So, I was really pleased with that. He asked me to work with him for that fight. I guess he was going through some things back home. You know, so I worked with him for that fight and it was a pleasure. He decided to go back home and get back with his old coach and whatnot and I wish him nothing but the best. It was a pleasure working with him and he’s a really talented kid.”
On Erickson Lubin being rushed into his title challenge with Jermell Charlo:
“Here’s the thing – that was a fight that a 21-year-old kid with 18 fights should’ve never been in. And I’m not saying he couldn’t have beaten Charlo. But I’m saying from a managerial and guiding your fighter in the right direction – that’s just a fight I wouldn’t have put him in at that particular time. From a monetary standpoint, the money wasn’t (big) money. For that type of fight, he didn’t make any serious money. If you just wanted to get your young fighter a title, I mean you could’ve found somebody else a little longer in the tooth. You get him with a strap. You got Charlo with a strap. Erickson keeps growing and maturing and developing over here and moving up the ladder. And Charlo keeps winning and then they can get together and make some real money. That could have been a really big fight. But that thing was just rushed and rushed into that particular fight.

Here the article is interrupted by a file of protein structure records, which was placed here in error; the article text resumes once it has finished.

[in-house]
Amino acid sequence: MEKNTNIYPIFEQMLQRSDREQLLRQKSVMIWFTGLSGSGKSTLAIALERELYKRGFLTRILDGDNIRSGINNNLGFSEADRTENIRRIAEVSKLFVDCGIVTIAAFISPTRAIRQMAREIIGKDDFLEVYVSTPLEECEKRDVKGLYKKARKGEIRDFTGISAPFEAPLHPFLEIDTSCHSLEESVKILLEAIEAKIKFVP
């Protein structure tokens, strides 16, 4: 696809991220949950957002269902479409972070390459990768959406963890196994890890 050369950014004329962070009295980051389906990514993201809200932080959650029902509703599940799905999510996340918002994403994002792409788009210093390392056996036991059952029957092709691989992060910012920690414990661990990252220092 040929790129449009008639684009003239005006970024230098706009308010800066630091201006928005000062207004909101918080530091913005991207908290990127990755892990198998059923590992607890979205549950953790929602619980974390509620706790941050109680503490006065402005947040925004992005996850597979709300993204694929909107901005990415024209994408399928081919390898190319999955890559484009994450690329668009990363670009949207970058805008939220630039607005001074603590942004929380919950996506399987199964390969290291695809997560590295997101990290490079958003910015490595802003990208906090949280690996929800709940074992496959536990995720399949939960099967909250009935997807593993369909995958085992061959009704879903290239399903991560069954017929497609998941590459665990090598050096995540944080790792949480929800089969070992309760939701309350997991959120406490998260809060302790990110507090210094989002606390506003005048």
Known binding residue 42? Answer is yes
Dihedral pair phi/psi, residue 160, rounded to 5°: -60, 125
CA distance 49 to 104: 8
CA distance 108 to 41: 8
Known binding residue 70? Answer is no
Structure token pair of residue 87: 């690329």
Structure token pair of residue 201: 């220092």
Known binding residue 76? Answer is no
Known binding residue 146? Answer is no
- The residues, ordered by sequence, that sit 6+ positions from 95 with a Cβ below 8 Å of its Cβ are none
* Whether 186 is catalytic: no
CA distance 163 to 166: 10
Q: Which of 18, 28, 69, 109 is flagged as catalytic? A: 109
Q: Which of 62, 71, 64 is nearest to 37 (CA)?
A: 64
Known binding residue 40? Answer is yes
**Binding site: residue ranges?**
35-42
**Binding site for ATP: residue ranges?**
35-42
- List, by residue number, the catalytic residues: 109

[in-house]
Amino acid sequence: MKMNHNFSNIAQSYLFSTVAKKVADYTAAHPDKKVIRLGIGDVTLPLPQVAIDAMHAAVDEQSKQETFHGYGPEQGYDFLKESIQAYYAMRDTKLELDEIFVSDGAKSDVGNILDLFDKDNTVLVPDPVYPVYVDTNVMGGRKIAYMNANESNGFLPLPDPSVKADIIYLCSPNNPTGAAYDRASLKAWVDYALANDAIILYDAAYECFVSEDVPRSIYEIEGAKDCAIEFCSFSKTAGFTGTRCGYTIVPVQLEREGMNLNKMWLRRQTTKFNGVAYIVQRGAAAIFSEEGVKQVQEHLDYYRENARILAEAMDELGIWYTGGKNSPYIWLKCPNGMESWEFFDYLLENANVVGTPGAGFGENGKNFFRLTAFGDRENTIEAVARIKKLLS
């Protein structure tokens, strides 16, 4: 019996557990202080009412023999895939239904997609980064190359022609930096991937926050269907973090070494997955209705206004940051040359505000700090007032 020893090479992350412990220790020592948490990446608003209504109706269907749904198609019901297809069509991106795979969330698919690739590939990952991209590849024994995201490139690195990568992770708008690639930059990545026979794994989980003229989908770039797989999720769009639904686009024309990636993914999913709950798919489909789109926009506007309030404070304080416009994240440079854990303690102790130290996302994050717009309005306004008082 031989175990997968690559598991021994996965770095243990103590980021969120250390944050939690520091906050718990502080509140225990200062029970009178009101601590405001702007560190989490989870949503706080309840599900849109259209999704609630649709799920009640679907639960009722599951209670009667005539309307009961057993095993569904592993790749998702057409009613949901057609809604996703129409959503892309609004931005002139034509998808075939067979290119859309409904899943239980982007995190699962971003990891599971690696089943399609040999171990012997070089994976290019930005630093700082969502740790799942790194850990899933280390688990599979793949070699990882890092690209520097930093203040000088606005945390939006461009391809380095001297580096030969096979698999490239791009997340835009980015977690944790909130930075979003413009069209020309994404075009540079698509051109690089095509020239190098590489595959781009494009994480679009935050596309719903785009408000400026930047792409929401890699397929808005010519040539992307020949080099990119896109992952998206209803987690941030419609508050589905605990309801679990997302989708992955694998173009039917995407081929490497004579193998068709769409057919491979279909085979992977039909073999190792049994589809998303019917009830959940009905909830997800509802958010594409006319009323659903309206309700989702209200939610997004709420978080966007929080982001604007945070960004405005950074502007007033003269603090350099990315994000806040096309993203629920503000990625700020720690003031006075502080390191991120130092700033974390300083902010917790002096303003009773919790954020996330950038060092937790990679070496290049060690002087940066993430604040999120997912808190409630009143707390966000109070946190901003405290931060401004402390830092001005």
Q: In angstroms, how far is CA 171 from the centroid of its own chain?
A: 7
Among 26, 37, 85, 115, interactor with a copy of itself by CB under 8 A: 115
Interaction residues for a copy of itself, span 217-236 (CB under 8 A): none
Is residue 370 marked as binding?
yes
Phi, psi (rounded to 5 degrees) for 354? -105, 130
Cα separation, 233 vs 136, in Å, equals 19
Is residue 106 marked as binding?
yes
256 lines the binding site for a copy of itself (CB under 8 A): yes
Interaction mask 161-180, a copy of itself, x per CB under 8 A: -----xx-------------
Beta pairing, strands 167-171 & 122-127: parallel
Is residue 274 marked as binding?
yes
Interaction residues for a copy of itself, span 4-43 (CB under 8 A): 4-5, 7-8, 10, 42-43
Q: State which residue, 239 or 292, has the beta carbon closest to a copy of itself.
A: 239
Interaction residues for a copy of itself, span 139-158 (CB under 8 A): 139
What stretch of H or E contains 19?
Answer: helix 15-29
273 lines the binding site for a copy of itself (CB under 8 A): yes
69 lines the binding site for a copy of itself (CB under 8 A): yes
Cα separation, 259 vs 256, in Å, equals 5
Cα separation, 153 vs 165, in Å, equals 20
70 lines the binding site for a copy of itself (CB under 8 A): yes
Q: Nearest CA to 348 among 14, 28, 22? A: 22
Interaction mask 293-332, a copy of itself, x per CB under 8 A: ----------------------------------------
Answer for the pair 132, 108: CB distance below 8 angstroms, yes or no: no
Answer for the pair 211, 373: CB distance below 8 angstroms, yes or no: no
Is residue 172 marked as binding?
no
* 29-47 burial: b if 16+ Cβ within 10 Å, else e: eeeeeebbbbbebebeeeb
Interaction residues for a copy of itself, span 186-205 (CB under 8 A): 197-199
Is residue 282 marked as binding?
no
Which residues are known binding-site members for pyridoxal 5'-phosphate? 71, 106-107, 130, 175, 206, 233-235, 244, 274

I speak to this because I have the experience to speak to it. But that’s a prime example of, you know, you got some people in boxing that really don’t know shit about boxing. But they’re in it because they got money. Involved with fighters and don’t have a clue. When you got that type of situation going, that fighter can get put into a situation that he has no business being in. And that’s what happened to Erickson Lubin.
What was the rush? What was the rush?
I don’t even think he fought any former world champion. Usually, you get a couple of older former world champion guys that are skilled and talented enough. But like I said, they’re long in the tooth and the youth will prevail but they’ll give you a stern enough test where the guy can develop and learn. You know what I’m saying? And when he came to me and asked me would I consider training him, I didn’t even hesitate because I just felt when it happened, I told everybody before the fight happened, I’m like, why are they rushing this kid? This kid shouldn’t be in this fight right now.”